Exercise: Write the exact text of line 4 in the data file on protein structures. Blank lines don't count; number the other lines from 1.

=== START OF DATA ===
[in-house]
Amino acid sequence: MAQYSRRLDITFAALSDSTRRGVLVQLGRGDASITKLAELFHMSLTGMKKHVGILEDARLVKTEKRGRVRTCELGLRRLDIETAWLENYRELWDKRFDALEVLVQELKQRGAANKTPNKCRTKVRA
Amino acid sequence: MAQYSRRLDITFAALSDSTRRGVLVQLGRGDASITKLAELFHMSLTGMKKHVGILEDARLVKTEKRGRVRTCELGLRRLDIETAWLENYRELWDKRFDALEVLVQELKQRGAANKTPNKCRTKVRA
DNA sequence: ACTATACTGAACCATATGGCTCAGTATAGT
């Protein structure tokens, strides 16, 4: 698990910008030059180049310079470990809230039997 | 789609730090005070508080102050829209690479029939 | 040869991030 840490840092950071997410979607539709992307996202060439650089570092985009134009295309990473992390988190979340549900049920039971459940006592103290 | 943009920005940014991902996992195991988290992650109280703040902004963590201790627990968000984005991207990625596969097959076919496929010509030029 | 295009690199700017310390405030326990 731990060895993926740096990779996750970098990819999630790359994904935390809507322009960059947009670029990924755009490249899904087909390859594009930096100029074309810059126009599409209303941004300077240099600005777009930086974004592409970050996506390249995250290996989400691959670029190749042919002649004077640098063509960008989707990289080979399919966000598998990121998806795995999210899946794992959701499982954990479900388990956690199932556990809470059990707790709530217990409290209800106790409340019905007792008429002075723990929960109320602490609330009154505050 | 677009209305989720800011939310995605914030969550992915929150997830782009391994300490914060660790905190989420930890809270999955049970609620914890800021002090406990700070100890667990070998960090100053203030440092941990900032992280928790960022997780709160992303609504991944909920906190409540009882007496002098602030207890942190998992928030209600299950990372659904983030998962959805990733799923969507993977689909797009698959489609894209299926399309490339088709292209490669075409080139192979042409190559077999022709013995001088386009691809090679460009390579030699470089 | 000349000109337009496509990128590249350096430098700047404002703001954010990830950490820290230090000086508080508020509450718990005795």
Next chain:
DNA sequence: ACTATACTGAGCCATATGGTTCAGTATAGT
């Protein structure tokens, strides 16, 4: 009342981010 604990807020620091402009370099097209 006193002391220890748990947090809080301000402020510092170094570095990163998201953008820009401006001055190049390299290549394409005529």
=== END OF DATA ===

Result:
DNA sequence: ACTATACTGAACCATATGGCTCAGTATAGT